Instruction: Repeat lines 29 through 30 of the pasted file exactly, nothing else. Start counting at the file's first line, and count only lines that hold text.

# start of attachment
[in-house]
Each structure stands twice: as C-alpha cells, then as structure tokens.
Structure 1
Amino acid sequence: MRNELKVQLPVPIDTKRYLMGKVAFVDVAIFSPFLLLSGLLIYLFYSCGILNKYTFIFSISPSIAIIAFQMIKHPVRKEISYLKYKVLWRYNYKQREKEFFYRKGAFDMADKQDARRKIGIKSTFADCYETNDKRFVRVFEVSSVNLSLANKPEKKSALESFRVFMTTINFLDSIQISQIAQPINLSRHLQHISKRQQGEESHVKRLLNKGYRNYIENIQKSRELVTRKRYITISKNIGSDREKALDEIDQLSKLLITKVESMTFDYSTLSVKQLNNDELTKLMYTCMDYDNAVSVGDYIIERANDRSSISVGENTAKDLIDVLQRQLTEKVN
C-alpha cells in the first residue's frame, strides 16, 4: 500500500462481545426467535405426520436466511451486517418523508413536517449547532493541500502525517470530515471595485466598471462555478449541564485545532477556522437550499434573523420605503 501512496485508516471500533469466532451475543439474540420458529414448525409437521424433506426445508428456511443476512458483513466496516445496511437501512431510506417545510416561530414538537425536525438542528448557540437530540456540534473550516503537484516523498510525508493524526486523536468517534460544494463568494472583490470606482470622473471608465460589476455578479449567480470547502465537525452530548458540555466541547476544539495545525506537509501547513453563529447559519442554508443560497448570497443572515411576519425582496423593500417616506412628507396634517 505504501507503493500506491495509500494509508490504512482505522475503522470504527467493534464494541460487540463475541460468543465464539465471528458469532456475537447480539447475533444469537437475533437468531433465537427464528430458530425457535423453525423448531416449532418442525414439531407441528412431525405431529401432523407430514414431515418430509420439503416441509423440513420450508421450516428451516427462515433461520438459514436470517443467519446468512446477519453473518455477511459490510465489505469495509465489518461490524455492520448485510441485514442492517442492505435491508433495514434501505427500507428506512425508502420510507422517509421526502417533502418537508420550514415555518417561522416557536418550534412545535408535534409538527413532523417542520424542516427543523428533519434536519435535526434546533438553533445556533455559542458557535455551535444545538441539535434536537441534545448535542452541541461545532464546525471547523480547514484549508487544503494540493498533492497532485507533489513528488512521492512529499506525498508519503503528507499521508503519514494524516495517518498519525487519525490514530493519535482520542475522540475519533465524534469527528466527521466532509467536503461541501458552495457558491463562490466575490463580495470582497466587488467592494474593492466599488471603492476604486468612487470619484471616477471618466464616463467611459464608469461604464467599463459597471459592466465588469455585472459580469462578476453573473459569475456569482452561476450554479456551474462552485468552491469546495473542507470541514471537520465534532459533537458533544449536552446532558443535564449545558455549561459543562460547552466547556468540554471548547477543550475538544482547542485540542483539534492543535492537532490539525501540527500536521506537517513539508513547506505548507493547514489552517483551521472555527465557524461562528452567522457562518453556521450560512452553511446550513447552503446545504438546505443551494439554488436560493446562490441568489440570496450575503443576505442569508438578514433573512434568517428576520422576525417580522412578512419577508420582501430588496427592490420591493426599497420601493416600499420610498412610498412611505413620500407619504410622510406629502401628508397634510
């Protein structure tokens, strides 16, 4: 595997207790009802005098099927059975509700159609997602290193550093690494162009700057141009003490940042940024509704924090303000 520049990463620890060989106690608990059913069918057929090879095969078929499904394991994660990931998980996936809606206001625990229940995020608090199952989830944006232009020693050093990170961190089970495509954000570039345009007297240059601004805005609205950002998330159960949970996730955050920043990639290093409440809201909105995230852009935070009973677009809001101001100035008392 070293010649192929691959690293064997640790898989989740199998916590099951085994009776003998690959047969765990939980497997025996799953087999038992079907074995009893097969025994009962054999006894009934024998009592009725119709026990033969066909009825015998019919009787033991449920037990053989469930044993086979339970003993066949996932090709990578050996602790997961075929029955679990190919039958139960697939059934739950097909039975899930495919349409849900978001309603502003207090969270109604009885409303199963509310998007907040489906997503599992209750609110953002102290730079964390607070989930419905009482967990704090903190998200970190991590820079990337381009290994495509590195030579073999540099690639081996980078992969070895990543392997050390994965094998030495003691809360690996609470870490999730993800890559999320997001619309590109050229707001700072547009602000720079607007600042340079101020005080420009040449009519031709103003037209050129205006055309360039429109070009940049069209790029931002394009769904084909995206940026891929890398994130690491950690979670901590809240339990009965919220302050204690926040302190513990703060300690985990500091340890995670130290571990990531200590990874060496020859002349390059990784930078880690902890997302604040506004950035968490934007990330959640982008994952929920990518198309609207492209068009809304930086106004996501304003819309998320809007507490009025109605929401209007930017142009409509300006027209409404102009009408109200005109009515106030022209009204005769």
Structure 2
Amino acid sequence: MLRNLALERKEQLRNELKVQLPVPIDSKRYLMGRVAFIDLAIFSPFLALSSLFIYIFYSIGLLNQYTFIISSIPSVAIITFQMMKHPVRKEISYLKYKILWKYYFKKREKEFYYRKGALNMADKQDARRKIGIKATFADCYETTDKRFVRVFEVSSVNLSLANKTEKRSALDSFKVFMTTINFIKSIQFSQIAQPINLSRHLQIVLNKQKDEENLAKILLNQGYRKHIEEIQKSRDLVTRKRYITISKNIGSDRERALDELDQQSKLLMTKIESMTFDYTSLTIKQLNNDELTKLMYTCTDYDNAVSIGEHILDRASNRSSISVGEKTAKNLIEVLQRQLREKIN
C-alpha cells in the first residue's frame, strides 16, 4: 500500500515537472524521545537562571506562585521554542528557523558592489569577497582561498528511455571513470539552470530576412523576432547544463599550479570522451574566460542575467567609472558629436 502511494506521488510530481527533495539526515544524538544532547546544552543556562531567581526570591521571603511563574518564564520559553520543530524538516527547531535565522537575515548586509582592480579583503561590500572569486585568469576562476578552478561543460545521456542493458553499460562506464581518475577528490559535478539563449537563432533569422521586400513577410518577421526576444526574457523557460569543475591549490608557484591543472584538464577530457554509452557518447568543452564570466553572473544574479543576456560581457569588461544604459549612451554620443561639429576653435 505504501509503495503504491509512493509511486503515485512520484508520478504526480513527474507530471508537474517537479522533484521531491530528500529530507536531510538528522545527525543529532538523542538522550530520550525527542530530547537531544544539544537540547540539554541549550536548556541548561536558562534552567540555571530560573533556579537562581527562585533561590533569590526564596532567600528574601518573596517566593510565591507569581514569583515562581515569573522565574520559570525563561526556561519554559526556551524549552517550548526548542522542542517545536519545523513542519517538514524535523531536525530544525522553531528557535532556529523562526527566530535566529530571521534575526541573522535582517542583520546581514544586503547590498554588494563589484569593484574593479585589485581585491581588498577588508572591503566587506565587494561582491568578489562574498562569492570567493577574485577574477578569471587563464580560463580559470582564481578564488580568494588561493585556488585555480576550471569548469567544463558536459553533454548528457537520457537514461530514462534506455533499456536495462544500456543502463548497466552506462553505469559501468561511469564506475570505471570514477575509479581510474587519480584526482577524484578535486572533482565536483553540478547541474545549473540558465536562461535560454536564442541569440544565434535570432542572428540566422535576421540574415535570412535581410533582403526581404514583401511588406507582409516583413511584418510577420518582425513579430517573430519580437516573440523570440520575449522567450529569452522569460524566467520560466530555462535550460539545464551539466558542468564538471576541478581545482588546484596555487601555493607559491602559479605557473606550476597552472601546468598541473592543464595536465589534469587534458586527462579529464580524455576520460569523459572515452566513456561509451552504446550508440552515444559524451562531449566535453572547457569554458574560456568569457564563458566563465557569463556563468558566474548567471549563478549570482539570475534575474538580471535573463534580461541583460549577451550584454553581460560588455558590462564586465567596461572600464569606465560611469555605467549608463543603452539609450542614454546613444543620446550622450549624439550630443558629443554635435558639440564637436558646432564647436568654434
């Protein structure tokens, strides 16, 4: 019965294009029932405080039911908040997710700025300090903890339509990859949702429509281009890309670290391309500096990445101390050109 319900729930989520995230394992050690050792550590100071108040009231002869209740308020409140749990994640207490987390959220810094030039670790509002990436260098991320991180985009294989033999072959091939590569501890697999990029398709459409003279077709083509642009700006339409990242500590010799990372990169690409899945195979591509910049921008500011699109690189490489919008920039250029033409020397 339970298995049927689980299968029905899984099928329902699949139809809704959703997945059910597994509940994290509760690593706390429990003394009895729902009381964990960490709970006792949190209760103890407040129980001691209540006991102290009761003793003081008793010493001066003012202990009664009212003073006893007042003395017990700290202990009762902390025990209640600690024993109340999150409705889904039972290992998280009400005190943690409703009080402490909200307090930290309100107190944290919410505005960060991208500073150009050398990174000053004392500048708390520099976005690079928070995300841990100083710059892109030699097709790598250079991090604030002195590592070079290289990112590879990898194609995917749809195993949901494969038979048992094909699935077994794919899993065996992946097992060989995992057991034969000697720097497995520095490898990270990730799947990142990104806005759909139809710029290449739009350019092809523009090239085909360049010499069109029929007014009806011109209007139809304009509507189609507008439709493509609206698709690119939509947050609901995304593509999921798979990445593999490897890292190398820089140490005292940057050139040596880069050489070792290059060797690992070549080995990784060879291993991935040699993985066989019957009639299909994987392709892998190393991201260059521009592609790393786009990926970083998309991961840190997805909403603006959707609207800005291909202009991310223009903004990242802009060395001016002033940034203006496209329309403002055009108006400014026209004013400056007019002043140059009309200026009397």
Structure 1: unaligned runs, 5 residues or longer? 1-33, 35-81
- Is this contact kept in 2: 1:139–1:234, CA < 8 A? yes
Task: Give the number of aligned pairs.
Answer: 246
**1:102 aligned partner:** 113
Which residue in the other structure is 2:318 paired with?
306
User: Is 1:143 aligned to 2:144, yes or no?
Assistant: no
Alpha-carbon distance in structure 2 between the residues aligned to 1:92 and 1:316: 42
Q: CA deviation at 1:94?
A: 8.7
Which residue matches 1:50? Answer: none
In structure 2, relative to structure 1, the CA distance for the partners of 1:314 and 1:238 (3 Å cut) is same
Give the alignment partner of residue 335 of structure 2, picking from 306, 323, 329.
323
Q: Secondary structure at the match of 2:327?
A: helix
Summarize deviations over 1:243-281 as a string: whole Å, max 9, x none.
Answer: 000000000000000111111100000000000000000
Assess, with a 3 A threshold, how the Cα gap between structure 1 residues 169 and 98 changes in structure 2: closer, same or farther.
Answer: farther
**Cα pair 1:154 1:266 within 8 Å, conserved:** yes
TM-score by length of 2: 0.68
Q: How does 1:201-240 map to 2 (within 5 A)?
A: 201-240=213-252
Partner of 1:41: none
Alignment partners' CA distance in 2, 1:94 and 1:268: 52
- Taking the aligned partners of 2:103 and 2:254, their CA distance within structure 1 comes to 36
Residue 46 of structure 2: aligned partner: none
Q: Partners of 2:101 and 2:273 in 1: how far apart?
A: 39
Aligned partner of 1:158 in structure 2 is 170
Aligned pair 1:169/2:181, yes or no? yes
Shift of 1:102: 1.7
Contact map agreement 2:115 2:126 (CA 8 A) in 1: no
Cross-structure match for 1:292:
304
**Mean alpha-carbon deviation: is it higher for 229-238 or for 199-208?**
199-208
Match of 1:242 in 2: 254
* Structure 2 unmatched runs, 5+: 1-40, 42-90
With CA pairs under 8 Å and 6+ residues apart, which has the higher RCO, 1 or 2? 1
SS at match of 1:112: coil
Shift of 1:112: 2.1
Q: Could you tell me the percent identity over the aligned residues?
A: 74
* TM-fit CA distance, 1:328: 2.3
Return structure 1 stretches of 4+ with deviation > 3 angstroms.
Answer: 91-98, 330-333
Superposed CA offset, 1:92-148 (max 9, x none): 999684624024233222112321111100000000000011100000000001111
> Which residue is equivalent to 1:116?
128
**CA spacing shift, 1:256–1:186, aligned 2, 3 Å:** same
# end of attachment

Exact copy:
Summarize deviations over 1:243-281 as a string: whole Å, max 9, x none.
Answer: 000000000000000111111100000000000000000